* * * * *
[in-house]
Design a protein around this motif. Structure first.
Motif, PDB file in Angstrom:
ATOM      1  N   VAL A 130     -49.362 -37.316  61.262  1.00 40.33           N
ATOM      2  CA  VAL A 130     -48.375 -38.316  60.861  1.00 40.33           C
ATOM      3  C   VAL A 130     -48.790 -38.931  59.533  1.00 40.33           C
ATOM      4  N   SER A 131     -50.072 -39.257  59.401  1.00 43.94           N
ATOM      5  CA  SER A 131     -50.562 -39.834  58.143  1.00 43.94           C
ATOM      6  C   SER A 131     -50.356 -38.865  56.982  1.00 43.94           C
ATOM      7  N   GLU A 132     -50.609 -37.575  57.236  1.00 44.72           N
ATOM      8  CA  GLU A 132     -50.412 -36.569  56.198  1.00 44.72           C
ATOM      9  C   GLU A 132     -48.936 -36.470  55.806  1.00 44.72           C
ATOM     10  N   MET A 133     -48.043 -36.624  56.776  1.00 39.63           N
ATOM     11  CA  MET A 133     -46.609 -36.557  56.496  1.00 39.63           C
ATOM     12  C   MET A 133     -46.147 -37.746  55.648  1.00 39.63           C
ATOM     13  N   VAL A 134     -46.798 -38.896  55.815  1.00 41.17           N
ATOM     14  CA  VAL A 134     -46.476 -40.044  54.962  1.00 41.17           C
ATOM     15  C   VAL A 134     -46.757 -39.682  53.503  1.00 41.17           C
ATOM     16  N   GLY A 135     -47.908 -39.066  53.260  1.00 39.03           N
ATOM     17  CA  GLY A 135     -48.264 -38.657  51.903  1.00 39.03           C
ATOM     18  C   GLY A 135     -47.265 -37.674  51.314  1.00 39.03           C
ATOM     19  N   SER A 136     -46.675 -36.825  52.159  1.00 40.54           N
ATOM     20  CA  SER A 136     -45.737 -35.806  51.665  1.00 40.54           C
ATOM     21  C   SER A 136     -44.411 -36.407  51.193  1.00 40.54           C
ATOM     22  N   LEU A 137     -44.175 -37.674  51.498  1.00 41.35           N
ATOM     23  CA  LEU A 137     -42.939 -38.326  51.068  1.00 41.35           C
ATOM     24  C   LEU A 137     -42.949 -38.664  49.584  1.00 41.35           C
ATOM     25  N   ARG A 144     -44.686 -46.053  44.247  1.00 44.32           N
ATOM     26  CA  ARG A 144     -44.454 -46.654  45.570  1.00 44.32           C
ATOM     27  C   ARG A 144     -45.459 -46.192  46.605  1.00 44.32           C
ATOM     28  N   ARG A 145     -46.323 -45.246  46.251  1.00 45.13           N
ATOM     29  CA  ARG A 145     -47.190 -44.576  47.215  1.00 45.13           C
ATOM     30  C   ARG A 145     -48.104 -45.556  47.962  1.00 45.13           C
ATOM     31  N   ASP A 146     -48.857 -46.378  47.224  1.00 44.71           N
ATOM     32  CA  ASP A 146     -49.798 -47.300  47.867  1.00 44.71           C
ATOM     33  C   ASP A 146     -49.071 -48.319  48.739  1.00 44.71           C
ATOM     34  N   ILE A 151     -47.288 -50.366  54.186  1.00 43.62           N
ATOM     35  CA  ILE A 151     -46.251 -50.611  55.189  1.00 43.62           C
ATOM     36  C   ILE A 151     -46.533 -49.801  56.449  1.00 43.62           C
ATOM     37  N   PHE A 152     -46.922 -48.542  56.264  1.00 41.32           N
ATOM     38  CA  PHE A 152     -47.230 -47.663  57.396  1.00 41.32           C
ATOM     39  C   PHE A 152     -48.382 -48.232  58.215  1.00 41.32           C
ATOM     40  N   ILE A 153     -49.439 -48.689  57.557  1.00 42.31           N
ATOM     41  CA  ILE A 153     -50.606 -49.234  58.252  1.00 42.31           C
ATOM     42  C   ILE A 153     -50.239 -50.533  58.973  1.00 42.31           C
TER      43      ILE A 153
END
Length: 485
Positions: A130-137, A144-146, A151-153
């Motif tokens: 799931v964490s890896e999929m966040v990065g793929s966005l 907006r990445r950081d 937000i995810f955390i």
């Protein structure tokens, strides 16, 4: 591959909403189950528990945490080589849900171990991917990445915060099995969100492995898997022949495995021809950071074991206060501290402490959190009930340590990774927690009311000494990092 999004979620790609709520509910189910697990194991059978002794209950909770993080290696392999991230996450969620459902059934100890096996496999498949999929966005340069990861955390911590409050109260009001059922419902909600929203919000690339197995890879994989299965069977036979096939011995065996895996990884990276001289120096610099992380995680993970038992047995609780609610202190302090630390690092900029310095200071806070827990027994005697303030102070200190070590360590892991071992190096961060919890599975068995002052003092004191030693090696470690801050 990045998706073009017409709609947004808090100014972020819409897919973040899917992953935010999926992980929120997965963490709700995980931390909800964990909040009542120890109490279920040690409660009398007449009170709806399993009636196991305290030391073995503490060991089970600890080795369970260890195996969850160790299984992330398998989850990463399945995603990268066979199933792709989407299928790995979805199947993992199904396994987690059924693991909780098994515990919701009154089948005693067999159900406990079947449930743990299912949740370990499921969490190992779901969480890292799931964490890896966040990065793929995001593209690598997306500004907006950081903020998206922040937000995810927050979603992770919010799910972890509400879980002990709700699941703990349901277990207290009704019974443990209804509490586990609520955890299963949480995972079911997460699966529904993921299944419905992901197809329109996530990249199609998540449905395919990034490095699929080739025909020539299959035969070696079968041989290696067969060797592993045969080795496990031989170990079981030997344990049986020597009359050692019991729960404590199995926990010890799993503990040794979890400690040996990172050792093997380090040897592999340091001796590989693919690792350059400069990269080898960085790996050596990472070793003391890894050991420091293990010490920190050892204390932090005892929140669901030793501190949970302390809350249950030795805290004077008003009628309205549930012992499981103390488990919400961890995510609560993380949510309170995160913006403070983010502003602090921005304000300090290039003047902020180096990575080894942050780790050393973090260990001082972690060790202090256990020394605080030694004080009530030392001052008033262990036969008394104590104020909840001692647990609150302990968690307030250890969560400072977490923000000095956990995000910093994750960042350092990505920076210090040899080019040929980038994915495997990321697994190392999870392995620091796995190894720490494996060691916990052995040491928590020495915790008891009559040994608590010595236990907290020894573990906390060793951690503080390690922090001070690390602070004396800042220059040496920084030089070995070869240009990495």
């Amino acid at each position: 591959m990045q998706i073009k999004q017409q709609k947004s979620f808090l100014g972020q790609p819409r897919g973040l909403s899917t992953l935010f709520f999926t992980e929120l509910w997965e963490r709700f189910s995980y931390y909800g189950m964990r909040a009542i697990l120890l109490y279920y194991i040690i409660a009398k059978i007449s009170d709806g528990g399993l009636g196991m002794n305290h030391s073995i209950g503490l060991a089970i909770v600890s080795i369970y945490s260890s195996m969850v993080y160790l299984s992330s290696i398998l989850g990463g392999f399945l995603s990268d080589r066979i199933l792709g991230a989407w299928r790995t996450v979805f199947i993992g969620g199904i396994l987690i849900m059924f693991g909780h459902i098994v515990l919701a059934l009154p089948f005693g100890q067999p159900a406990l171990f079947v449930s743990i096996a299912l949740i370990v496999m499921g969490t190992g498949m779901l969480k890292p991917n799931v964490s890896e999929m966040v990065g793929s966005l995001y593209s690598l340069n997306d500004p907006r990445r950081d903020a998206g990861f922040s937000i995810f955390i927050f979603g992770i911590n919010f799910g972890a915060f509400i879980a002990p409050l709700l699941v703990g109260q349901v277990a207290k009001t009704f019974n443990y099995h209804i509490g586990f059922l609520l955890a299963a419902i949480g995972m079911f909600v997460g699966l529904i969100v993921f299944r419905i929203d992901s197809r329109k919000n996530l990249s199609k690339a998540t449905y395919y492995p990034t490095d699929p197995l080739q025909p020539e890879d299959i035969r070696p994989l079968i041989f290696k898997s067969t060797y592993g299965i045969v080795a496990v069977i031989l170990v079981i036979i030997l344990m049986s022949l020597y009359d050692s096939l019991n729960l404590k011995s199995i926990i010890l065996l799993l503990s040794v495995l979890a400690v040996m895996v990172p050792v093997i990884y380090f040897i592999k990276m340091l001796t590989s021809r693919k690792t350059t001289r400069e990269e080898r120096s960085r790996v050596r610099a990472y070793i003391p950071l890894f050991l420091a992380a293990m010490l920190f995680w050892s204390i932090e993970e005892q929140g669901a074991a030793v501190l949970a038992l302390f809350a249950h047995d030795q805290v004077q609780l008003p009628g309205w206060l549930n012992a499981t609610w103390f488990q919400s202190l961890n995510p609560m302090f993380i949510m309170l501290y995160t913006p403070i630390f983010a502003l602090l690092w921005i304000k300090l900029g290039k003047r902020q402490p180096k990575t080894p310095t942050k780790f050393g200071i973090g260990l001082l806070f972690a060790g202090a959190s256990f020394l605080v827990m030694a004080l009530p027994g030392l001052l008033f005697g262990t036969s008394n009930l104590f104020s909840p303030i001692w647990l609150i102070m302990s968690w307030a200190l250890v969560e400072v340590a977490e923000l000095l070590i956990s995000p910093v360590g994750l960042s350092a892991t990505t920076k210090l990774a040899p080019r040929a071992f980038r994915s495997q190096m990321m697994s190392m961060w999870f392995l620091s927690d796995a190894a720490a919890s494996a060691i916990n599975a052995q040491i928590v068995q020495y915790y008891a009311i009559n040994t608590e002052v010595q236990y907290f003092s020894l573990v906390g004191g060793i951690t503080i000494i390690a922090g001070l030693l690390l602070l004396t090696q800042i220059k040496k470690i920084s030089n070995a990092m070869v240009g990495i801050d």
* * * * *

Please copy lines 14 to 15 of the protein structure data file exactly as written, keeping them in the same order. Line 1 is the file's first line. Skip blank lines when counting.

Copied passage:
ATOM     11  CA  MET A 133     -46.609 -36.557  56.496  1.00 39.63           C
ATOM     12  C   MET A 133     -46.147 -37.746  55.648  1.00 39.63           C